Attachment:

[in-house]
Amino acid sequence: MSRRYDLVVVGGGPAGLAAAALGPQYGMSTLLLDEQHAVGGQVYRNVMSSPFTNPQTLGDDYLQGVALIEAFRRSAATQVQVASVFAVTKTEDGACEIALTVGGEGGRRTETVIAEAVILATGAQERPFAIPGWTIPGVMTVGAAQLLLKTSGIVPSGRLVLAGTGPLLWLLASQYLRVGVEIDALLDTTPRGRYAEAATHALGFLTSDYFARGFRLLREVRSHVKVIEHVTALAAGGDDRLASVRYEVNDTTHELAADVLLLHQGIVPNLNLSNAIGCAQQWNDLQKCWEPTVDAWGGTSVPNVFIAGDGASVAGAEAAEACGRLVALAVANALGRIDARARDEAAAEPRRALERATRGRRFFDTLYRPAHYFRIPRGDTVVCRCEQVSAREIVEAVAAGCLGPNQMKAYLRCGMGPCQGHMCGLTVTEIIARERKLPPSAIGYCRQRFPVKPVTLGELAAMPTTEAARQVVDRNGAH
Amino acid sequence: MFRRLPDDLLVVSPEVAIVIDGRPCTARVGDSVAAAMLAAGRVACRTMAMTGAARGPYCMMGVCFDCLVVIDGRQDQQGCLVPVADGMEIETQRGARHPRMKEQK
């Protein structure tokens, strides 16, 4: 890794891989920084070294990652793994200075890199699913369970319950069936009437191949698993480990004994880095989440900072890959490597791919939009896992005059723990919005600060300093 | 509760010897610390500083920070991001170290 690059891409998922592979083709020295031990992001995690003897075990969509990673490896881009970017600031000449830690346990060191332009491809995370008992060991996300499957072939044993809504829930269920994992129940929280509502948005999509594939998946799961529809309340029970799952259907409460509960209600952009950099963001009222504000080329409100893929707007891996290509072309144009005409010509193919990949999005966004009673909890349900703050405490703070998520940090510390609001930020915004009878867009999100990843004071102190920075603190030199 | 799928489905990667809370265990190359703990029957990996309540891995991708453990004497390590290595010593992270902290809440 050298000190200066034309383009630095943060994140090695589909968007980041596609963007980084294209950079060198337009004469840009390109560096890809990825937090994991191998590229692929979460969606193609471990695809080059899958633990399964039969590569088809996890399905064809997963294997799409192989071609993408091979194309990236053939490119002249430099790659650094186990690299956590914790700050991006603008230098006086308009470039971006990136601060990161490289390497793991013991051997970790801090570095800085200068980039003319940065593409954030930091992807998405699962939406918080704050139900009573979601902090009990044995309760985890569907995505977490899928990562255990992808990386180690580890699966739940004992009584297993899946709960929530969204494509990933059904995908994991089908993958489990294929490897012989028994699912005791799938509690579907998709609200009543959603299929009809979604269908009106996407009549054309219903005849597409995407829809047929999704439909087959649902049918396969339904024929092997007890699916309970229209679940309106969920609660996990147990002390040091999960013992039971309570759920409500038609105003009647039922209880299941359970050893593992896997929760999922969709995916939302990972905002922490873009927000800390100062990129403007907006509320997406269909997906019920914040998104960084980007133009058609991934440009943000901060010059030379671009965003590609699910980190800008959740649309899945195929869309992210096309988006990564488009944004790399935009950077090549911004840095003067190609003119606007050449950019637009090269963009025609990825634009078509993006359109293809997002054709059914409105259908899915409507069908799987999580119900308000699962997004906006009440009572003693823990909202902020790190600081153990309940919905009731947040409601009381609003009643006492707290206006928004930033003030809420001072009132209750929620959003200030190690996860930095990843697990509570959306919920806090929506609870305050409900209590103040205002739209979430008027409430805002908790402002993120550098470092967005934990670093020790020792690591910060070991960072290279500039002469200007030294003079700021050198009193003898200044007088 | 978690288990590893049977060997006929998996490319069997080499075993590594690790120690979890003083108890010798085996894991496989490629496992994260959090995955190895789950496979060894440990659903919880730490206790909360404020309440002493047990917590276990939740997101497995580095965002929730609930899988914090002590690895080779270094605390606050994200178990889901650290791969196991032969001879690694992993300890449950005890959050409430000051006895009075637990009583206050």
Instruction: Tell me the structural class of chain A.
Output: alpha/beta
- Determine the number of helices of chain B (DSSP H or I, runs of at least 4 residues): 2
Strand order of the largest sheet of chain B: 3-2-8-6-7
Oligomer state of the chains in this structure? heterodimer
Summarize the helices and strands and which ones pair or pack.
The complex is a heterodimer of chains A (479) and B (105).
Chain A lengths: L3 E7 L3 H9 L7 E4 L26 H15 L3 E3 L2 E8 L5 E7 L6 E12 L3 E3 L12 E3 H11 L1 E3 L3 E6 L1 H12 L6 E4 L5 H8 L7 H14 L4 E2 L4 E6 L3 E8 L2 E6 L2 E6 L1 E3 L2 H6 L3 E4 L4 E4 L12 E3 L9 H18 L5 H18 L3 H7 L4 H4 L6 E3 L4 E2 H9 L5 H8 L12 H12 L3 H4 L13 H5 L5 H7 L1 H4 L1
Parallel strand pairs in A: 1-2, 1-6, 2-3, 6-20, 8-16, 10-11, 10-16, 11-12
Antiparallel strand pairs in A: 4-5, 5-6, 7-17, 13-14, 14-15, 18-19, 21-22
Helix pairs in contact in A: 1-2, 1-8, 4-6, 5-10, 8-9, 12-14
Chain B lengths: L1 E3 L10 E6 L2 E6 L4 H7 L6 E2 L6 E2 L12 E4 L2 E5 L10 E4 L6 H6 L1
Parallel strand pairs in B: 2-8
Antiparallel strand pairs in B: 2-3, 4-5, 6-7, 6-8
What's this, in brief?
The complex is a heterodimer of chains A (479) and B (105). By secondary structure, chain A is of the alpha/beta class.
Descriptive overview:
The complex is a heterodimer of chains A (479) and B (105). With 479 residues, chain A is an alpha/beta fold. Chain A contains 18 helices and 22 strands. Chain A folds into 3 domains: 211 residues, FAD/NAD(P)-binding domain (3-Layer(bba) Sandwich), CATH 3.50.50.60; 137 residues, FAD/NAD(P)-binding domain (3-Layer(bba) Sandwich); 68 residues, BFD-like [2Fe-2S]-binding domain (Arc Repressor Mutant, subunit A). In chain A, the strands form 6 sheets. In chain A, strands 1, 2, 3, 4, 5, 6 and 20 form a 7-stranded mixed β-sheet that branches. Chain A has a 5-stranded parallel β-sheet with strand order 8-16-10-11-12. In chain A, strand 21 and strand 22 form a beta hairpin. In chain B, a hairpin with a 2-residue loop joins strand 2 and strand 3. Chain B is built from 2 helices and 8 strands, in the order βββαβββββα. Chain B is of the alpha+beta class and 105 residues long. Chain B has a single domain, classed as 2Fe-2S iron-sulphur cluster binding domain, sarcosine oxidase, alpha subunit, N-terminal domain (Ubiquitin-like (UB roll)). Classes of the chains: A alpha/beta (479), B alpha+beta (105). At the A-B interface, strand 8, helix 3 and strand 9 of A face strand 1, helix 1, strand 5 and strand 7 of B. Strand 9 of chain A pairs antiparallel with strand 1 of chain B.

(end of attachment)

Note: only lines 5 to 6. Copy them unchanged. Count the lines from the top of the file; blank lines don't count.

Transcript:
Instruction: Tell me the structural class of chain A.
Output: alpha/beta